[Ppnews] US prison program isolating Muslim, Middle Eastern prisoners

Political Prisoner News ppnews at freedomarchives.org
Fri Feb 16 16:53:53 EST 2007

Last year Prison Legal News and the ACLU National Prison Project and 
the National Lawyers Guild were among the groups who opposed the 
Bureau of Prisons proposal to expand their isolation of political 
prisoners. That proposal was apparently dropped and this one 
substituted surreptitiously instead.

Documents show new secretive US prison program isolating Muslim, 
Middle Eastern prisoners


02/16/2007 @ 1:03 pm

Filed by Jennifer Van Bergen

Program in apparent violation of federal law

The US Department of Justice has implemented a secretive new prison 
program segregating "high-security-risk" Muslim and Middle Eastern 
prisoners and tightly restricting their communications with the 
outside world in apparent violation of federal law, according to 
documents obtained by RAW STORY.

Quietly implemented in December, the special "Communications 
Management Unit" (CMU) at a federal penitentiary in Indiana targeting 
Muslim and Middle-Eastern inmates was not implemented through the 
process required by federal law, which stipulates the public be 
notified of any new changes to prison programs and be given the 
opportunity to voice objections. Instead, the program appears to have 
been ordered and implemented by a senior official at the Department 
of Justice.

In April of last year, the US Federal Bureau of Prisons -- part of 
the Department of Justice -- proposed a set of strict new regulations 
and, as required, there was a period of public comment. Human rights 
and civil liberties groups voiced strong concerns about the 
constitutionality of the proposed program.

The program 
proposed was said to be applicable only to terrorists and 
terrorist-related criminals. The American Civil Liberties Union 
(ACLU), however, along with a coalition of other civil liberties 
groups, <http://multiracial.com/site/content/view/1110/49/>objected 
to the language of the regulation as too broad, and potentially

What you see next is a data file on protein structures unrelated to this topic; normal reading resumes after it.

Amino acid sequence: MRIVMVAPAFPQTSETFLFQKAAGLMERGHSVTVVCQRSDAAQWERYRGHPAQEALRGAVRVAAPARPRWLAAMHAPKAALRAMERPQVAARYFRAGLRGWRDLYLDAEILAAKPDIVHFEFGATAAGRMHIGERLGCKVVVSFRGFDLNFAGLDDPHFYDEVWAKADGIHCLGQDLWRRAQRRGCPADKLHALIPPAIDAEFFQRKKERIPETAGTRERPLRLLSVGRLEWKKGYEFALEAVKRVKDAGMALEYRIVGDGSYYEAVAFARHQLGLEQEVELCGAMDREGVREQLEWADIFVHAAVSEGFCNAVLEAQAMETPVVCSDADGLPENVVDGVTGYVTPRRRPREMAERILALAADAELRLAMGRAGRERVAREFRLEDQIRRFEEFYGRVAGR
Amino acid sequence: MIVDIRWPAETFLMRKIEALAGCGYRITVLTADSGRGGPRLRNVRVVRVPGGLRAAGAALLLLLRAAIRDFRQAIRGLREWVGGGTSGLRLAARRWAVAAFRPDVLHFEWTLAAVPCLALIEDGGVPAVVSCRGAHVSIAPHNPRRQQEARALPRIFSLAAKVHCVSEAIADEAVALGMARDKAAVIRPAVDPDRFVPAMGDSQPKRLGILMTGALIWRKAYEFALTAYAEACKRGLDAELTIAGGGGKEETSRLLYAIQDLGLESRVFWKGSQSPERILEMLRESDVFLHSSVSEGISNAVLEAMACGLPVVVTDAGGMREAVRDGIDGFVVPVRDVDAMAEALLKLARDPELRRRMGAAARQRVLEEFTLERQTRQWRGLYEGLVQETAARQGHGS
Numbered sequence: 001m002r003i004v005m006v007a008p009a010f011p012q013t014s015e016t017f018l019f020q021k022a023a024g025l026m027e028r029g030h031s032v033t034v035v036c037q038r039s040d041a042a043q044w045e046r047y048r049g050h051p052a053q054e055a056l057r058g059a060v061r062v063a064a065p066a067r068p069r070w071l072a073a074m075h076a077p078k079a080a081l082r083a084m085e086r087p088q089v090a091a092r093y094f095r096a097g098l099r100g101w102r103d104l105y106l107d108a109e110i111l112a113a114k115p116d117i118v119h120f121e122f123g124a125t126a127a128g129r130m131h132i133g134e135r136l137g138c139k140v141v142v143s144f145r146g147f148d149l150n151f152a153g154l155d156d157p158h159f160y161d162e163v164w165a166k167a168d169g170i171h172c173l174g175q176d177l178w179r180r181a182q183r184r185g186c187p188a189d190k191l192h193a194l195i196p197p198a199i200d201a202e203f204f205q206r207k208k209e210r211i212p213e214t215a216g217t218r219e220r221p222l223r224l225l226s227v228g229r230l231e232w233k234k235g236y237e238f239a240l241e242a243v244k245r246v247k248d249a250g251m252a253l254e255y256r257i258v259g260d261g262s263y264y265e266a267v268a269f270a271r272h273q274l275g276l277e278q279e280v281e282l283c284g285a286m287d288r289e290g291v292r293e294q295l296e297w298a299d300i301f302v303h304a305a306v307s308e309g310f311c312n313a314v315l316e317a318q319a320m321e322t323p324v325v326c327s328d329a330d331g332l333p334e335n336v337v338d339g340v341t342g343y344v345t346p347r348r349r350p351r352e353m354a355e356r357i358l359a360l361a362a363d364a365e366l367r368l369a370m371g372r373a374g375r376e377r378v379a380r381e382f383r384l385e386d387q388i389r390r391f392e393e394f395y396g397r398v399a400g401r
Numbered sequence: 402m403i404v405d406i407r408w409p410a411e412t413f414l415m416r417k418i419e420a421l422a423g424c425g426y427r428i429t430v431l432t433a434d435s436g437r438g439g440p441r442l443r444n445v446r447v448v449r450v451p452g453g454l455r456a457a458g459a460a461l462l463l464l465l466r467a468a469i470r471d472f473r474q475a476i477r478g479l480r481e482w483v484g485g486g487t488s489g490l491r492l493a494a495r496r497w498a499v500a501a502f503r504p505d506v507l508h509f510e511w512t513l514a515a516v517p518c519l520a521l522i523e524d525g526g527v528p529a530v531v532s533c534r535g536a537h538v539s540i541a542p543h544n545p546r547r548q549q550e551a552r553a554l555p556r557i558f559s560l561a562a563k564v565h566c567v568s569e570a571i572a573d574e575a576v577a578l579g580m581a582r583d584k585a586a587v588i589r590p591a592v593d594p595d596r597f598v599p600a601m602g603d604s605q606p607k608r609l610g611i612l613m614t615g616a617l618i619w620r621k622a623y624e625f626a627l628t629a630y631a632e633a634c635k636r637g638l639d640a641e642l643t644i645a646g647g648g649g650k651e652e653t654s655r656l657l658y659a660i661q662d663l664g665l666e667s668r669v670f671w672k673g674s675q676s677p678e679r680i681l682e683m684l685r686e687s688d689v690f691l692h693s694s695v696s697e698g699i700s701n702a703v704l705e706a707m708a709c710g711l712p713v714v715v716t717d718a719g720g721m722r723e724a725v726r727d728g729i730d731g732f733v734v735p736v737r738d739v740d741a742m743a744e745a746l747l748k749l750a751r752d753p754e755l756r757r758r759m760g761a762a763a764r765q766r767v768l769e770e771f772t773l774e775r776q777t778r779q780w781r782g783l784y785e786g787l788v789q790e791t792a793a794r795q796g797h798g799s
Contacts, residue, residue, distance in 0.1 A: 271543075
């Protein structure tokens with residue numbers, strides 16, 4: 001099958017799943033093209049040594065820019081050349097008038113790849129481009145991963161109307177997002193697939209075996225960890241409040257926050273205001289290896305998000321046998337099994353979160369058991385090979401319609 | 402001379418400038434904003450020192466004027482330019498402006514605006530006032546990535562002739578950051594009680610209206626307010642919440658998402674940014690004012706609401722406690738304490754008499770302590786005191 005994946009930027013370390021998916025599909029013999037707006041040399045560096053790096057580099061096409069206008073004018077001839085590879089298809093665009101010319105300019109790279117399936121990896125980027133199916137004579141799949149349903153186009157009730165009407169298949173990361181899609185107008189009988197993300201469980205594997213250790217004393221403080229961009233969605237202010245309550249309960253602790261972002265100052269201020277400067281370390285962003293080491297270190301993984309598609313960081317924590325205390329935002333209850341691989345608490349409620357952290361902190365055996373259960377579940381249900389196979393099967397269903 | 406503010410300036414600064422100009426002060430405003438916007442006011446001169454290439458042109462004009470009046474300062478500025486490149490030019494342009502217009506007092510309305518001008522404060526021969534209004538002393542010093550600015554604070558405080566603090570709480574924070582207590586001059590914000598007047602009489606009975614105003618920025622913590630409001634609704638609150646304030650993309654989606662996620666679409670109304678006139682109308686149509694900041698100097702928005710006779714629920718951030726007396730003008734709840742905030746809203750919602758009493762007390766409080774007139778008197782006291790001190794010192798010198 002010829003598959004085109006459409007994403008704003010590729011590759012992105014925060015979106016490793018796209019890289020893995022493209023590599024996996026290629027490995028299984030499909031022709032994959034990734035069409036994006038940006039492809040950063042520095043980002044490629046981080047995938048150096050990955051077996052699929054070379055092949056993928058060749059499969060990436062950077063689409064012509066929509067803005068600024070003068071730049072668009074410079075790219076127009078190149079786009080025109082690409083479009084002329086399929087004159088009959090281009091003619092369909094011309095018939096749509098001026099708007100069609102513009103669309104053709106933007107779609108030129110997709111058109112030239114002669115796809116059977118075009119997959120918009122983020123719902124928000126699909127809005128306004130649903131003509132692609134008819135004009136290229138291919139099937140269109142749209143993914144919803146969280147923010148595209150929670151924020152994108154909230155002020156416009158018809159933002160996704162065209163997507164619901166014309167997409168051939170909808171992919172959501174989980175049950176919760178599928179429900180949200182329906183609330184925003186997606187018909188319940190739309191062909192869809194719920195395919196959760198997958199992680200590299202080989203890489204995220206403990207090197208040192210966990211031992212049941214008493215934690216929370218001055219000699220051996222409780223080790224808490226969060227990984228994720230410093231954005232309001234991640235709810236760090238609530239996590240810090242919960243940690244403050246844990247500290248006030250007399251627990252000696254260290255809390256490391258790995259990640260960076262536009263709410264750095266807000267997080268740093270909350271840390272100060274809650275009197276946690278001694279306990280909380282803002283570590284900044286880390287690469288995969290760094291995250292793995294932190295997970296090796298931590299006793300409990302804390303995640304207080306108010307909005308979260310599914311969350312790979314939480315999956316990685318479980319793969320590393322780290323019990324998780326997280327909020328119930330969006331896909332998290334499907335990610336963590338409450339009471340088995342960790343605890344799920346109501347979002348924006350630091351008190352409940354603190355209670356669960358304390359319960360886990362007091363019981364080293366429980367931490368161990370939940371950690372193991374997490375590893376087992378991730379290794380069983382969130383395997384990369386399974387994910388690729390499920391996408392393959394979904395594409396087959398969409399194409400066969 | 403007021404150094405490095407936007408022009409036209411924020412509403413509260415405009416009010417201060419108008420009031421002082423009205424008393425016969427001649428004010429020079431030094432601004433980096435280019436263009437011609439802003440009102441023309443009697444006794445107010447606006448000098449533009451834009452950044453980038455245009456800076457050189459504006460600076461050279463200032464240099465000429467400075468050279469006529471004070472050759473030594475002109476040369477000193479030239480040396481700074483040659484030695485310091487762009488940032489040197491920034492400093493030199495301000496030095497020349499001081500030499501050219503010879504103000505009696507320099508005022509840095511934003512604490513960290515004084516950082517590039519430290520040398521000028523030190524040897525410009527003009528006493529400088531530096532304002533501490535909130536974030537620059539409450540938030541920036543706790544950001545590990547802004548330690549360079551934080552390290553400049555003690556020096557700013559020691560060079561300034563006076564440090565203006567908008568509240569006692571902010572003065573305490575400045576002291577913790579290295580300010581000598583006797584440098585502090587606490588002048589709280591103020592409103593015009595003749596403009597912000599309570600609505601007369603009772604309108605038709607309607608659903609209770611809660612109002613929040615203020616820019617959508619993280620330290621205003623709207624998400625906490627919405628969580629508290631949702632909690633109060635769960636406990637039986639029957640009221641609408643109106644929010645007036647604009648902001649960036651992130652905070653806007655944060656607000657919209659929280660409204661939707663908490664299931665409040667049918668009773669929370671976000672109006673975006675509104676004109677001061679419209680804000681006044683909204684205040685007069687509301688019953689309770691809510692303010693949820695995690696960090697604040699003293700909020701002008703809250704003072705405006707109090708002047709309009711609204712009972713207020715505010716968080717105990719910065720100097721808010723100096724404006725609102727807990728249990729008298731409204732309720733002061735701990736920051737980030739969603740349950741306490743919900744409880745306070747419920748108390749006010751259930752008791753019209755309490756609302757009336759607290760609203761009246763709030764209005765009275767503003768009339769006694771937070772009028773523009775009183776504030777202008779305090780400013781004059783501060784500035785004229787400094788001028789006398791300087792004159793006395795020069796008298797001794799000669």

applicable to non-terrorists and even to those not convicted of a 
crime but merely being held as "witnesses, detainees, or otherwise."

After pushback from civil rights groups, the program appeared to have 
been dropped by the Prisons Bureau, with coalition groups believing 
that they had made their case regarding Constitutional rights. Yet 
documents obtained by RAW STORY show that a similar program, the CMU, 
was surreptitiously implemented in December 2006.

Executive Director Howard Kieffer of Federal Defense Associates, a 
legal group based in California that assists inmates and lawyers of 
inmates on post-conviction defense matters, says the order for the 
program must have been issued by one of the offices which oversee the 
US Federal Bureau of Prisons.

Only three government offices have the authority to issue such 
changes in federal prison operations, and they all fall within the 
senior management of the Justice Department: the office of Harley 
Lappin, the Director of Prisons Bureau, the Office of Legal Counsel, 
or directly from the office of the US Attorney General, Alberto Gonzales.

The Public Affairs Office of the Department of Justice and the 
Attorney General referred all requests for comment to the Prisons 
Bureau. As of press time, Felice Ponce, an officer in the Prisons 
Bureau Office of Information, was unable to answer requests to 
confirm the existence of the program, provide details about it, or